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Paul Duffy

VP Small Molecule Operations, Pfizer

Lesson learned during the COVID-19 pandemic could see the pharmaceutical industry look at new business models for research and development of news drugs and vaccines.

The manufacture and development of the COVID-19 vaccine was a massive learning process for pharmaceutical companies and saw traditional procedures replaced by new approaches due to the urgency.

For organisations such as Pfizer, several processes that would traditionally have occurred sequentially were run in parallel, explains Paul Duffy, who is the company’s VP (Small Molecule Operations).

However, he also acknowledges that the business discovered there was a huge amount to be gained from that switch.

Learning experience

Pfizer’s Grange Castle site is a world leading biologics manufacturing facility, and the team were involved from the outset in working with other plants in the network to undertake quality testing. Pfizer’s Ringaskiddy and Newbridge sites have also been playing a role in scaling up manufacturing for Pfizer’s investigational antiviral treatment and the company has invested USD 1 billion at risk to support the manufacturing and distribution of this investigational treatment.

“The biggest learning has been the vaccine story,” explains Duffy. “The ability to move from vaccine discovery to manufacturing and on to supplying doses at such pace has been extraordinary.”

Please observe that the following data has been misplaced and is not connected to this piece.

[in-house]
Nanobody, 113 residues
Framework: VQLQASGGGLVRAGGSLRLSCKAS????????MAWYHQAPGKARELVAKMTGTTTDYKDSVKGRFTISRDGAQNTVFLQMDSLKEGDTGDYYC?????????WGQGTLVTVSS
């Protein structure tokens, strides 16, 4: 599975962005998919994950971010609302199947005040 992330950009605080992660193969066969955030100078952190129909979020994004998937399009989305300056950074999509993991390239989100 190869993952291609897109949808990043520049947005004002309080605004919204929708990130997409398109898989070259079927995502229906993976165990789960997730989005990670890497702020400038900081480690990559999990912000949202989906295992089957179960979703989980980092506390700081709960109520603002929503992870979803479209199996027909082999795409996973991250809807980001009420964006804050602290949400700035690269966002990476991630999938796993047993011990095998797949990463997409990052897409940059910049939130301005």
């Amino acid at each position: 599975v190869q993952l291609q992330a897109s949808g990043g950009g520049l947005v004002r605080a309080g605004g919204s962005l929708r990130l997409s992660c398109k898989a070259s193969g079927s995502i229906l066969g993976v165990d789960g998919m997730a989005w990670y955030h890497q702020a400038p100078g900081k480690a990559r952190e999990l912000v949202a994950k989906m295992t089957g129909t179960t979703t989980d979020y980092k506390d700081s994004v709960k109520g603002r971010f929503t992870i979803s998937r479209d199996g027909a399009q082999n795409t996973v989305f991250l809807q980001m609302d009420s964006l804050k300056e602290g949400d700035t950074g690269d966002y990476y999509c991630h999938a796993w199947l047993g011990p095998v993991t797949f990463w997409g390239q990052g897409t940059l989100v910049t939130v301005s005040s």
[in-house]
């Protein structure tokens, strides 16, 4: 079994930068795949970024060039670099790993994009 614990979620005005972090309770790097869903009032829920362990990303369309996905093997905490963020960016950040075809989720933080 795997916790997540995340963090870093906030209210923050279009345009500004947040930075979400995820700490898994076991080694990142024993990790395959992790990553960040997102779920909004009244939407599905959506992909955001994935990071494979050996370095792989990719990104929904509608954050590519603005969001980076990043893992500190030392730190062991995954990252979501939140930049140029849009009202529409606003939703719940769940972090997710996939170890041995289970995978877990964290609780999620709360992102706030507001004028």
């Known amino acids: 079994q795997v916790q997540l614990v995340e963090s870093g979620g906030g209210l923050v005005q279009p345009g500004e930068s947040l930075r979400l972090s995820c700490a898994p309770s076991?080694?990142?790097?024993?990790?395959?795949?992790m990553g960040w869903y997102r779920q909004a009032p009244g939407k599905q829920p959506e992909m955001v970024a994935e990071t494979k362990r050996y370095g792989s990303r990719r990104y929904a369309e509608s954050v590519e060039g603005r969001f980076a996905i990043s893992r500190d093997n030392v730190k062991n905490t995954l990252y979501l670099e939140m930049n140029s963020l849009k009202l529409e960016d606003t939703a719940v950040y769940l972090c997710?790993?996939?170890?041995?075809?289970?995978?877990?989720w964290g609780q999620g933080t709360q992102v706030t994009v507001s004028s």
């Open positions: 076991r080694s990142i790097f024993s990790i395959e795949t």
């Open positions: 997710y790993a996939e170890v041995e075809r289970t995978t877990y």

“Our recognition that good science demands rigor, our commitment to patient safety and our close partnership with regulators were hugely pivotal in achieving success with our vaccine.”

Our pipeline is vast, and I am very optimistic about our ability to move new medicines through the pipeline safely, reliably and successfully.

Taking on financial risk

There was, however, a financial risk; pharmaceutical companies traditionally wait for approval before investing in manufacturing. But in the case of the COVID vaccine, Pfizer invested USD 2 billion in manufacturing before it was proven to be effective and approved.

“That was a very big bet, but we would not have been able to supply the vaccines so quickly without making it,” Duffy acknowledges.

Future of the company

He remains positive about the future of the company both globally and in Ireland. From relatively small beginnings in 1969 when the company established a citric acid manufacturing plant in Ringaskiddy, Pfizer has grown to employ more than 4,000 people across five facilities in Cork, Kildare and Dublin.

“Our pipeline is vast, and I am very optimistic about our ability to move new medicines through the pipeline safely, reliably and successfully,” he says. “It is significant that the production of the mRNA drug substance for the COVID-19 vaccine will be done at our Grange Castle facility. It is really exciting to think about the role that mRNA can play in future medicines.”

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